Would you pray with me? God, on behalf of all the followers of Jesus, we just confess to you that we have not always used our tongues the way they were intended. We confess that, we ask for your forgiveness. And specifically, we confess the sin of slander. We ask that you not just forgive it, Lord, but you’d root it out by the power of your Holy Spirit so that what comes out of our mouths, its only truth driven by kindness. We say that so that we might extend your influence around the world, so that we might not present a bad picture of our Lord and Savior Jesus. Lord, also selfishly, so that we can invite your presence moment by moment and day by day. We don’t wanna drive you away by the way we talk about those other human beings that have been made as your image.
Lord, as we come into election season, so many opportunities to slander, and maybe we turn that around Lord and we ask that you would allow us to see all of the opportunities for slander in this season, whether it’s election or pandemic or school’s opening and frustration about all those things and racism or whatever it is, instead of seeing those as opportunities to slander, Lord, would you teach us to see them as opportunities to speak about and to other human beings in a way that glorifies you and draws people to you.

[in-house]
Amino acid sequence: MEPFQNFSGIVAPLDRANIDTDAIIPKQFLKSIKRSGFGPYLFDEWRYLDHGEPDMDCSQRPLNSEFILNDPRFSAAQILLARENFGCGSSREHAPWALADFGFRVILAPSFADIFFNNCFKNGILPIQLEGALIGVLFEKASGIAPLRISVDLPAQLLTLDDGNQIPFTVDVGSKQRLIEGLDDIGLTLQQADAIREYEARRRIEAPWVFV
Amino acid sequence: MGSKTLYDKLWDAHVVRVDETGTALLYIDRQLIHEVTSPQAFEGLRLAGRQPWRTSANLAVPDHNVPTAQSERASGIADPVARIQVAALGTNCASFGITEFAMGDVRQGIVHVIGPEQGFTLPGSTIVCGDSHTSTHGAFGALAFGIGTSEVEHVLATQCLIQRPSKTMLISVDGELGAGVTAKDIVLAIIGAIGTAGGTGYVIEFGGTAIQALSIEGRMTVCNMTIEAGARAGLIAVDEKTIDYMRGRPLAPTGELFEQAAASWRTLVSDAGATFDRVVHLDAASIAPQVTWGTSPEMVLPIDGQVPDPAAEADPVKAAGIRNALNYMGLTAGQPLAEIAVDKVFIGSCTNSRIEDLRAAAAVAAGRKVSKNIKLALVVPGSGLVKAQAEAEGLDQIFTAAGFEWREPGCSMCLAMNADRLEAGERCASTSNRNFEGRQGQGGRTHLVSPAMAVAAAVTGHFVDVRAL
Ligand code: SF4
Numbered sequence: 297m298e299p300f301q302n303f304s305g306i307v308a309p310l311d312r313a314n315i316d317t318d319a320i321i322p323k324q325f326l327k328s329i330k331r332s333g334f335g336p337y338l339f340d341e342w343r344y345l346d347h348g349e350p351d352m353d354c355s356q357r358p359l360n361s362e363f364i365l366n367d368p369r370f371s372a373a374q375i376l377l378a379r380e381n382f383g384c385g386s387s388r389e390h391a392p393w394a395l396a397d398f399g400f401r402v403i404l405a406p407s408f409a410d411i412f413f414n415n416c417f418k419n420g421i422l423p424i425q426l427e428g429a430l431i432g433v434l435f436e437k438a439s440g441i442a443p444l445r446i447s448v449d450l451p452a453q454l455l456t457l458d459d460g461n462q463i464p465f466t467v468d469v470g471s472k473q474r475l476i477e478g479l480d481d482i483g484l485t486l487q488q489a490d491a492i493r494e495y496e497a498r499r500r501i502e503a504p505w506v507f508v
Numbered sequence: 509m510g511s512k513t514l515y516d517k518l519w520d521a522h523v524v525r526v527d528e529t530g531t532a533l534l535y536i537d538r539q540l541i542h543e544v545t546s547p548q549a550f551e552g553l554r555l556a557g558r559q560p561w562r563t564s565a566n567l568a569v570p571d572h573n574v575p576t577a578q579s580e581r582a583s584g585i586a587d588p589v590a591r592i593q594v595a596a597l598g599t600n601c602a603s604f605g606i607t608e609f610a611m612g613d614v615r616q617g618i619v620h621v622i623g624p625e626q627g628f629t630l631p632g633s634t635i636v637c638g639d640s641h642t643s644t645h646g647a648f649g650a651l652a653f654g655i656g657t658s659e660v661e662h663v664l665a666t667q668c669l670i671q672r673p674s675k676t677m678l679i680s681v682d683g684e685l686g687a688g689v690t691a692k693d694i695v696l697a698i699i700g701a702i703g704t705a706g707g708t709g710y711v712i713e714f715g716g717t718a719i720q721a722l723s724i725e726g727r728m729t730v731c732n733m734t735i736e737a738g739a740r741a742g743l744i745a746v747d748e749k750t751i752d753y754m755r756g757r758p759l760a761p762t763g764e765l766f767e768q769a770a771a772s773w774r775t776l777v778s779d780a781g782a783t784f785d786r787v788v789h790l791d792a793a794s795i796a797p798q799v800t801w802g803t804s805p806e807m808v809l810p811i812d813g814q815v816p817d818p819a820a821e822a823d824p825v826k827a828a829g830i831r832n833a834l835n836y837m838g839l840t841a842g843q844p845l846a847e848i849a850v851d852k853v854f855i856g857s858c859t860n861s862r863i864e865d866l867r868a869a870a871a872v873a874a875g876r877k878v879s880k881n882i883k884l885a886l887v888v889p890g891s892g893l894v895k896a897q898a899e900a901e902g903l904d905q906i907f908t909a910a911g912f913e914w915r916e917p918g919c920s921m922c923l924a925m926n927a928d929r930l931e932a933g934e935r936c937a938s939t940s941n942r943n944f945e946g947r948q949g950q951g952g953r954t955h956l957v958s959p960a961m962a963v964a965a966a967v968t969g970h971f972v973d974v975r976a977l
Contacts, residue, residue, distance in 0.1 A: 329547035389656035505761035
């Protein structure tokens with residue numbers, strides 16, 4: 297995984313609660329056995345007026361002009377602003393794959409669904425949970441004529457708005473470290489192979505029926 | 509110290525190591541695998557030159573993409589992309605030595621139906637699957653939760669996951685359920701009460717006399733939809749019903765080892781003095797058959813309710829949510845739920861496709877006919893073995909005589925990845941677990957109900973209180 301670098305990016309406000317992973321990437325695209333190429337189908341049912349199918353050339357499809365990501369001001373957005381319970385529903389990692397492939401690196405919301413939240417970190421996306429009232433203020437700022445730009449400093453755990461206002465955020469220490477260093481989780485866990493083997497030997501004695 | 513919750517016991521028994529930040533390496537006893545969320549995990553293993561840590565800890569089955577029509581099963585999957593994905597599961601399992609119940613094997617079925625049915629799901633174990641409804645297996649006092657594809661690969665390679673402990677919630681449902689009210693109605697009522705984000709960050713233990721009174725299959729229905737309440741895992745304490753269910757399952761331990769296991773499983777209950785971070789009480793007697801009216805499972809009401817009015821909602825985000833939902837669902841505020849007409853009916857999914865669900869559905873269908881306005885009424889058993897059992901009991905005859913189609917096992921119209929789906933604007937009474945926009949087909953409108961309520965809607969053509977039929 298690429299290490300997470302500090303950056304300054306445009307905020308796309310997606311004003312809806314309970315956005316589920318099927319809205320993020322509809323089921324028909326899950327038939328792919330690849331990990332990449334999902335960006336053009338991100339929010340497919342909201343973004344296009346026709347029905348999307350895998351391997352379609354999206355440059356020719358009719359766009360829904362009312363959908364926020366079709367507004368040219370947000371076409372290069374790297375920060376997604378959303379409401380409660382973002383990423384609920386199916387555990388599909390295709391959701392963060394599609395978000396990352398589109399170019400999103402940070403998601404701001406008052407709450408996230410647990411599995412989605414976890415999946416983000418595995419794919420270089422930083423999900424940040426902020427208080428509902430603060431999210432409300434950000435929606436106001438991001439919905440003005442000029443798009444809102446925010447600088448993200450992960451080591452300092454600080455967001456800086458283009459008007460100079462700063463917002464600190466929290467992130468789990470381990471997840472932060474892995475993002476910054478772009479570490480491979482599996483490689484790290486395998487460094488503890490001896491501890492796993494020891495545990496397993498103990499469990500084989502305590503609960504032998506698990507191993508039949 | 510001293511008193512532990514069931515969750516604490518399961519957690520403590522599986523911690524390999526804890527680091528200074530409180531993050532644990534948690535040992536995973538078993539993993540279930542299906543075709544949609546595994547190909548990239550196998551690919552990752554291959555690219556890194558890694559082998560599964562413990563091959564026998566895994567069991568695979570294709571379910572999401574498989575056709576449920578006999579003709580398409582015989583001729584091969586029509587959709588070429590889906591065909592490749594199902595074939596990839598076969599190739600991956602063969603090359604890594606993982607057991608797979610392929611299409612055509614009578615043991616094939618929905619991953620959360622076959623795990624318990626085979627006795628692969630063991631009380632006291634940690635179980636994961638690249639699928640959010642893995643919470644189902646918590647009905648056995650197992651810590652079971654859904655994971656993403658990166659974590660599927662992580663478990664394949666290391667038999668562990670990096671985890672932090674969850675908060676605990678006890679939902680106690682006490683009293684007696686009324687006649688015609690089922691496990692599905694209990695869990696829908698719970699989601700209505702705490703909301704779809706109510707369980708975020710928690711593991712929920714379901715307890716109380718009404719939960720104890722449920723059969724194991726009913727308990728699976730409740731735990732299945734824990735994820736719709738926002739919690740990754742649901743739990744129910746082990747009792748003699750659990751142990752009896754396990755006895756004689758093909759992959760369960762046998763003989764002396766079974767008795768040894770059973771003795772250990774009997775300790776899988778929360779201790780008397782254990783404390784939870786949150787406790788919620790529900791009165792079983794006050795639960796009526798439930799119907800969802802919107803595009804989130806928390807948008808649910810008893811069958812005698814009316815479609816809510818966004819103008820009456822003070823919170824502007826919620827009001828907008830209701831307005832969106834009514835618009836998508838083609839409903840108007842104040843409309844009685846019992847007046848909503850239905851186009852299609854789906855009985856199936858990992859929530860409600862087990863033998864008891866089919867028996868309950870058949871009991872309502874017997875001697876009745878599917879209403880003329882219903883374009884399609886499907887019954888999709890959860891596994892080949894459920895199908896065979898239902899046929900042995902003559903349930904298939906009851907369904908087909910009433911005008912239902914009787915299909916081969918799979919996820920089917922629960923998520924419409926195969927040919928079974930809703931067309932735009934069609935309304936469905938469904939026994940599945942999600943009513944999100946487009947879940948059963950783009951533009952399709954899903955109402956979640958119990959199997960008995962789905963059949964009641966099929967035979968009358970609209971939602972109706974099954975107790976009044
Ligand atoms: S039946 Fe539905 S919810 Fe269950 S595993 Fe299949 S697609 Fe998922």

Speaking about drawing people to you, if you’re a follower of Jesus right now, would you just begin praying for all the people around the world who are watching this right now, listening to this right now, in whatever setting they’re in, who don’t have a relationship with God. And maybe that’s you. And honestly, I know for some of you, the reason you don’t have a relationship with God, maybe the reason that Jesus has not been a part of your life is because you’ve watched the way that Christians have talked about other people. And you said, “Well, that’s no different than the rest of the world,” and you long to see something different. Let me speak to you something different.